Another thing the hacker did, that I noticed after I finally got in, was delete the gpedit.msc snap-in so I couldn’t modify Group Policy. I did the same thing as I did with net.exe, and copied it from another server. Easy fix.

Some other things they did was:

  • Created 4 back door accounts
  • Deleted several user accounts
  • Created a startup script that recreated back door accounts at boot up and put them in the Domain Admins group

I am also fairly sure they got in using RDP and an RDP brute force/dictionary attack tool like TSGrinder. I will discuss what I did to mitigate that stuff in future articles.

Also to touch back on the password weaknesses, I enabled a good strong password policy and lockout policy which should help against brute force and dictionary attacks.

It’s sad to say that sometimes being the victim of a hack like this is a good lesson in password security, and how important it is. This situation could have been much worse if this hacker wanted to be really malicious. The next time an administrator tells you that your password or your password policy is not strong enough, you may want to listen.

[Via Petri IT Knowledge Base]

Mar 28, 2011

Error Upgrading Exchange 2010 Unified Messaging To SP1

You ever go to patch a server late one evening, after hours so as not to bother the users, and after about two hours into the upgrade everything goes to hell in a hand basket? Good, so I’m not the only one. In fact, you are probably reading this right now because of that very same scenario.

Anyhoo, so what happened to me was I finally got around to upgrading my Exchange 2010 server to Service Pack 1. When running through the install everything checked out. All perquisites were green, and so I proceeded with the upgrade. Everything was going well until it got to the Unified Messaging Role. About 75% in the install failed with the following error:

Unable to remove product with code 84a6e864-10a5-47c0-ac31-426fe71e4906. Fatal error during installation. Error code is 1603. Last error reported by the MSI package is 'There is a problem with this Windows Installer package. A program run as part of the setup did not finish as expected. Contact your support personnel or package vendor.

WTF!? I figured it was just a fluke, so I rebooted and tried the upgrade again with the same issue. The real sucky part was that the upgrade up to the failure took about 3 hours! That was 6 hours of my life wasted! Plus I had to work on this sucker until about 4am. I was friggin’ tired! Anyway, despite the failed upgrade, Exchange still worked so I went to bed, and showed up late to work the next day.

When I finally got to work, I started researching and could find nothing online about how to fix this for Exchange 2010. I did find some useful things related to Exchange 2007 though. It wasn’t quick enough though because I found out that since the pooched upgrade, voicemail no longer was working. Shit! I needed to fix this fast! Here is what I had to do.

First I had to trick Exchange into thinking that Unified Messaging wasn’t installed. To do that, I followed the advice of Nick Whittome of The Naked MVP:

Kick up ADSIEdit and go to ADSIEDIT->Configuration -> Services -> Microsoft Exchange -> [Org Name] -> Administrative Groups -> Administrative Group Name -> Servers-> [server name] -> Properties and look for the attribute msExchCurrentServerRoles


Edit this and subtract the UM Role Value (16) from the currently set value (54).   So 54–16=38

Enter that value (38)


Reboot the server….

Reinstall the service pack…..

That fixed the first problem. It got the upgrade to complete, but Unified Messaging was still broken. In order to upgrade it, I first had to remove it. To do that I had to undo what we did in the last section and in ADSI Edit set the msExchCurrentServerRoles value back to 54, then reboot Exchange.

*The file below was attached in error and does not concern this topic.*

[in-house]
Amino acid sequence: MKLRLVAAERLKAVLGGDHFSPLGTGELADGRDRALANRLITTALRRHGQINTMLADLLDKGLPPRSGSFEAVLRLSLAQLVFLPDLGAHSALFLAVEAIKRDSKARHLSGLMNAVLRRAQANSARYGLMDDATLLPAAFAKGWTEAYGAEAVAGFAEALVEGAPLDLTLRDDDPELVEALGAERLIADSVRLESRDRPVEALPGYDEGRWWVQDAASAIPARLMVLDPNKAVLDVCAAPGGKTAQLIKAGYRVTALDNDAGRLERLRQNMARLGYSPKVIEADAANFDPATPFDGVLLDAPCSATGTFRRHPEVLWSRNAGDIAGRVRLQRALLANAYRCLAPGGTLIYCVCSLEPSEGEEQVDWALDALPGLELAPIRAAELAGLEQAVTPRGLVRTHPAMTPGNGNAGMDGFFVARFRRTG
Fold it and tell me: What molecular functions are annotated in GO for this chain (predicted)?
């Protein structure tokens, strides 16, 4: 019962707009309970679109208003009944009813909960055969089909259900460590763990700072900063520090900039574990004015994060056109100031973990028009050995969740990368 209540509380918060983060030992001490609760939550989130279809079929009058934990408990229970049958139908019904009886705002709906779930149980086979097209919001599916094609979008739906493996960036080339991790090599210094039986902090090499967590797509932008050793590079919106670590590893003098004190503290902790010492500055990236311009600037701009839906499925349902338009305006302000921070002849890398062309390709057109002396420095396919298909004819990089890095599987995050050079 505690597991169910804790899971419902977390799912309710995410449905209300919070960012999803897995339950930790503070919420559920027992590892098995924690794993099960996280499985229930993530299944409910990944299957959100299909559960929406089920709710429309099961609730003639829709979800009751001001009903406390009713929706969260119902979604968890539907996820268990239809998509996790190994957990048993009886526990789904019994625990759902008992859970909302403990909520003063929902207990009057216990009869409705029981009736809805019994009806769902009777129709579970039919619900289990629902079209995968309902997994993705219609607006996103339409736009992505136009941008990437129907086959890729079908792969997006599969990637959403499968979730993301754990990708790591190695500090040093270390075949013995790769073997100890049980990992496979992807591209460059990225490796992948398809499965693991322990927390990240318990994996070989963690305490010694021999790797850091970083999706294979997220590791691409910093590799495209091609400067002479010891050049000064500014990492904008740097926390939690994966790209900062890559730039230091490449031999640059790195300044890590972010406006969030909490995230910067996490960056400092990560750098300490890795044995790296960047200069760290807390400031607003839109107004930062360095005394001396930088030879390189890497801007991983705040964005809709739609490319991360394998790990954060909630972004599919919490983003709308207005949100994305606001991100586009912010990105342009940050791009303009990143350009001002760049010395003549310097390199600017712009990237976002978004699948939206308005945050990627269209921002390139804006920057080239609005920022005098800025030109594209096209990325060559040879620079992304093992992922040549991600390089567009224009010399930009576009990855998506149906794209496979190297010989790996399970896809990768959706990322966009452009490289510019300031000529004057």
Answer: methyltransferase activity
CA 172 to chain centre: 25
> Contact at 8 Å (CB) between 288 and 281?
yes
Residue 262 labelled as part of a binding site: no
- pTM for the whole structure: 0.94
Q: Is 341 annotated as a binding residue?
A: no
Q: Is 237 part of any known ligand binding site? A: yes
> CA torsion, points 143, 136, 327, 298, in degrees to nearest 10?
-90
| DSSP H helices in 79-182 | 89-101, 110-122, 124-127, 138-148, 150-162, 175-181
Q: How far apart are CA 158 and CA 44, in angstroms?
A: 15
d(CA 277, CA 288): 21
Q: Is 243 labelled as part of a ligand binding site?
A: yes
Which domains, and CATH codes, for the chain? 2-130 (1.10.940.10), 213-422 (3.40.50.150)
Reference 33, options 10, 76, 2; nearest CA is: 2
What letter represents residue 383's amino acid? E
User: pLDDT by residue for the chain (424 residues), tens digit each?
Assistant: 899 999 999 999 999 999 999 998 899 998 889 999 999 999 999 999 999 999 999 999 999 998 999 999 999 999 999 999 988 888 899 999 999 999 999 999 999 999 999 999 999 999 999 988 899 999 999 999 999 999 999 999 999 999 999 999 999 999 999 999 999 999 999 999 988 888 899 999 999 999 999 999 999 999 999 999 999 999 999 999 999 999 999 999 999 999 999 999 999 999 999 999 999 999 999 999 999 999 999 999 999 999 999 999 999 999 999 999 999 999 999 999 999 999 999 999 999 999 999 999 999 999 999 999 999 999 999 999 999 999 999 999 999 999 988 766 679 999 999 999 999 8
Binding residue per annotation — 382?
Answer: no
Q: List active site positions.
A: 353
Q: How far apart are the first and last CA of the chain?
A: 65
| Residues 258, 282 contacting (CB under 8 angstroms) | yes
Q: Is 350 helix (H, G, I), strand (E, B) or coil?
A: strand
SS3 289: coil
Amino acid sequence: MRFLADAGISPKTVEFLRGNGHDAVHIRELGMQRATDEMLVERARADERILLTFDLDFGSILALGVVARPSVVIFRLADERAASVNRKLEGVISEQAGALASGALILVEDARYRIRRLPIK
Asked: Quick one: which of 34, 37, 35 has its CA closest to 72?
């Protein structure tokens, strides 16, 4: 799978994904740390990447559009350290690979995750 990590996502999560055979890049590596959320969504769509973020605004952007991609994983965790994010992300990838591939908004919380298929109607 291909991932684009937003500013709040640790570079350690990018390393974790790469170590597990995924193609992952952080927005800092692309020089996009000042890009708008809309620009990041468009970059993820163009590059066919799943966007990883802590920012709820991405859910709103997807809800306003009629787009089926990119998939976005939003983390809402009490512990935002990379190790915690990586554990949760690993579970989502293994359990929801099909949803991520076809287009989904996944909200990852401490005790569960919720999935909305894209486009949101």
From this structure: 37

Then I had to go into the registry on Exchange using regedit and navigate to HKEY_LOCAL_MACHINE\SOFTWARE\Microsoft\ExchangeServer\v14\UnifiedMessagingRole and delete the "Action"="BuildToBuildUpgrade" key.

After that, from Programs and Features I was able to uninstall Unified Messaging. Once it was removed, I rebooted again for good measure then using a slip-streamed version of Exchange 2010 with SP1, I ran the following from the root of the install media: /mode:Install /roles:UM

Boom! Everything was right as rain again! Exchange 2010 was fully upgraded to Service Pack 1!

Did you have a similar issue with your Exchange 2010 SP1 upgrade? Did you fix it differently? What did you do that worked? Let us know in the comments.


Mar 25, 2011

History of The Internet

Despite what Al Gore says, he did not invent the Internet. In fact, the Internet has been around for a lot longer than you think! When your parents were smokin' pot, and dropping acid at Woodstock, early computer scientists were transmitting some of the earliest packets across the country's phone lines.

Here is an interesting infographic that I found while surfing on Stumbleupon showing the timeline of the Internet's history up to 2009!

MBA Online


Mar 8, 2011

Upgrading MS-DOS 5.0 Through Windows 7

I know what you are thinking, someone had a lot of time on their hands. I am inclined to agree with you there. Still though, it's fascinating to see someone take the time to install every major version of Windows starting with MS-DOS 5.0 (Because early versions of Windows required it) and continue through to Windows 7 using only the upgrade processes.

I first saw this on Facebook as it was posted by a former boss, and good friend of mine named Justin. Me being a big geek, I watched it and thought it was great! The guy performing the experiment is Andrew Tait of Andy’s Tech Experiments, and took him about 3 days to do it. Why did he do it? According to Andy:

I got the idea from a 90s computer magazine article I vaguely remember (possibly from PC Format?), which essentially did the same procedure but only from Windows 3.0 to Windows 98. Since virtual machine technology is much more mature now, and there are four additional versions of windows, I thought it would be a great time to repeat the experiment. I installed Doom 2 and Monkey Island as tester applications, as I found the installation disks for them while I was looking for Windows disks, and those were two of my favourite games from the period (and still are).

Here is the video:

Chain of Fools : Upgrading through every version of windows


From Andy’s blog, here are some FAQ’s about the experiment:

Why Didn't you Install Windows ME?